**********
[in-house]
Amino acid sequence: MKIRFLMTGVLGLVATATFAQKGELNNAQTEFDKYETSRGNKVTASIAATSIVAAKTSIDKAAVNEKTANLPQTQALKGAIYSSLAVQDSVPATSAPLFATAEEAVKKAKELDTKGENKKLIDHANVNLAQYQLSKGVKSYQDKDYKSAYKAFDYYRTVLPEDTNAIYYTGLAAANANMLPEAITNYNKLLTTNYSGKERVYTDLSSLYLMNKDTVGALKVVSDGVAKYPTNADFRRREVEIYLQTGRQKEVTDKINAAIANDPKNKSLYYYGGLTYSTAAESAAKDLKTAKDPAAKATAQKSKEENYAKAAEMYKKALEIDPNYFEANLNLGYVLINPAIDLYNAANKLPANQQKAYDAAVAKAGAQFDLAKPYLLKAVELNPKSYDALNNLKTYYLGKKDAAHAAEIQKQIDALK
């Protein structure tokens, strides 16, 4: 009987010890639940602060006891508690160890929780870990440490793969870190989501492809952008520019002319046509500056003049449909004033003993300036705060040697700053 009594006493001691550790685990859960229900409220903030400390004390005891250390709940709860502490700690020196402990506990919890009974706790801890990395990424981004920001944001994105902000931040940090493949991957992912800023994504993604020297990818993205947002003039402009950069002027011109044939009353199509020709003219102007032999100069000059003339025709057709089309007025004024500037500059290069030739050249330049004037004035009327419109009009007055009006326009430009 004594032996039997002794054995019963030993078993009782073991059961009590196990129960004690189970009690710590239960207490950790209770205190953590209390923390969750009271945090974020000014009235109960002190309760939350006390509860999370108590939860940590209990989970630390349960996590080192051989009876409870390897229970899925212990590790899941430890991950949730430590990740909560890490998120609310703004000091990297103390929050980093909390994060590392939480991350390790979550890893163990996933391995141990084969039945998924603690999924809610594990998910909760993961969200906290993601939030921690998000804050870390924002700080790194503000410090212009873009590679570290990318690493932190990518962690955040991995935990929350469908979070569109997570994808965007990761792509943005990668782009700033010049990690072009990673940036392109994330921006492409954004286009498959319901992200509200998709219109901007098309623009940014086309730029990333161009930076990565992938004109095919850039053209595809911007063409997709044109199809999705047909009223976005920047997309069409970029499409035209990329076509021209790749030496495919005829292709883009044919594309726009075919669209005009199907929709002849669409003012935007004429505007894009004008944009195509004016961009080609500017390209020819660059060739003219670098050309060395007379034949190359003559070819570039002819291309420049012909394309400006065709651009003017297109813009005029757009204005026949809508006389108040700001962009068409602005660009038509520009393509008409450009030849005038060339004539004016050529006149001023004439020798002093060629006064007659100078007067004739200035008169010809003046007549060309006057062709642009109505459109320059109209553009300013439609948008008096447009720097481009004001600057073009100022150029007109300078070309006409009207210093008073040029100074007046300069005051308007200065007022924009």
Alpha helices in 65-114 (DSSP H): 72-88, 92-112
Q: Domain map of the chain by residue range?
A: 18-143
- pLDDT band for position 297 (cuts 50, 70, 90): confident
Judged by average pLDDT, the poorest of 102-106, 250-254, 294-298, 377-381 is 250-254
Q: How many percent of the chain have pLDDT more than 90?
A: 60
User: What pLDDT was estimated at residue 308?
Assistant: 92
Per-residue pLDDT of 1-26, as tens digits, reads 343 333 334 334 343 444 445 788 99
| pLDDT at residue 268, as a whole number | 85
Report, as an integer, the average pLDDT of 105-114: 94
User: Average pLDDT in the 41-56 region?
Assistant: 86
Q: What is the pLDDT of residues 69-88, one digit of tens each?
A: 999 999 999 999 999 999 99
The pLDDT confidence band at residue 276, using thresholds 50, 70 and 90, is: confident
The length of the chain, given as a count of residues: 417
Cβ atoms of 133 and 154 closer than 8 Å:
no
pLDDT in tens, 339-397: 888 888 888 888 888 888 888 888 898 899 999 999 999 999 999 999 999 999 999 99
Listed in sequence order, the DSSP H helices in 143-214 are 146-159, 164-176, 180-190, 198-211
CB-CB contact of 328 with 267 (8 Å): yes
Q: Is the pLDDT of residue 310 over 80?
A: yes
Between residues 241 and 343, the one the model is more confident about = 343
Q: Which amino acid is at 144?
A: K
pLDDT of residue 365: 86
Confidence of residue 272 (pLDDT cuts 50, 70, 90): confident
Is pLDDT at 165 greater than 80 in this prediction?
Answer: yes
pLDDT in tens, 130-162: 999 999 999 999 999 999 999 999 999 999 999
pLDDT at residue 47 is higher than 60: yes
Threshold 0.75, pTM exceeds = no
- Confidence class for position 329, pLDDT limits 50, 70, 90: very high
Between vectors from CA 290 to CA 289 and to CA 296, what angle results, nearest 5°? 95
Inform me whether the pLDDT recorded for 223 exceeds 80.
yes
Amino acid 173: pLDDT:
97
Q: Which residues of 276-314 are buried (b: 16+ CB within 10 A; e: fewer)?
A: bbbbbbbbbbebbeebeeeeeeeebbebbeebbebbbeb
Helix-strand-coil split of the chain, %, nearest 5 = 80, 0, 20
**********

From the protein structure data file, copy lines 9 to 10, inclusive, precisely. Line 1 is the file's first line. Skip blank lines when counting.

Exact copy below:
Q: How many percent of the chain have pLDDT more than 90?
A: 60